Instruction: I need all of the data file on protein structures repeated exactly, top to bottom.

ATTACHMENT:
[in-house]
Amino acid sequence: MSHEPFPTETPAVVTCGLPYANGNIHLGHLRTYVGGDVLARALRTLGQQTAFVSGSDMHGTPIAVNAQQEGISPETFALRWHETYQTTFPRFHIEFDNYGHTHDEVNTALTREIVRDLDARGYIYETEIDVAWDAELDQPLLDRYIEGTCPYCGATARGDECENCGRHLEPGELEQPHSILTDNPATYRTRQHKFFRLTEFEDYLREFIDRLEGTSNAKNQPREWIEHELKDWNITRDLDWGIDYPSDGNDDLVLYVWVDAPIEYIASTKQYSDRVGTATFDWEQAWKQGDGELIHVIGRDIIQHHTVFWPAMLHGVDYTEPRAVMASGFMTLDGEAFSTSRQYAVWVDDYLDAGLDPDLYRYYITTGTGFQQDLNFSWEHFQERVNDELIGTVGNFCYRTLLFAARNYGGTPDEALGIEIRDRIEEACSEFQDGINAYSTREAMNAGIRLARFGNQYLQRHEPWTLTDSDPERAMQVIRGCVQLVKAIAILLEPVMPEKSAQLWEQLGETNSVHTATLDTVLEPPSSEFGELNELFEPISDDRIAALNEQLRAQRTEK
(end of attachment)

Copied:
[in-house]
Amino acid sequence: MSHEPFPTETPAVVTCGLPYANGNIHLGHLRTYVGGDVLARALRTLGQQTAFVSGSDMHGTPIAVNAQQEGISPETFALRWHETYQTTFPRFHIEFDNYGHTHDEVNTALTREIVRDLDARGYIYETEIDVAWDAELDQPLLDRYIEGTCPYCGATARGDECENCGRHLEPGELEQPHSILTDNPATYRTRQHKFFRLTEFEDYLREFIDRLEGTSNAKNQPREWIEHELKDWNITRDLDWGIDYPSDGNDDLVLYVWVDAPIEYIASTKQYSDRVGTATFDWEQAWKQGDGELIHVIGRDIIQHHTVFWPAMLHGVDYTEPRAVMASGFMTLDGEAFSTSRQYAVWVDDYLDAGLDPDLYRYYITTGTGFQQDLNFSWEHFQERVNDELIGTVGNFCYRTLLFAARNYGGTPDEALGIEIRDRIEEACSEFQDGINAYSTREAMNAGIRLARFGNQYLQRHEPWTLTDSDPERAMQVIRGCVQLVKAIAILLEPVMPEKSAQLWEQLGETNSVHTATLDTVLEPPSSEFGELNELFEPISDDRIAALNEQLRAQRTEK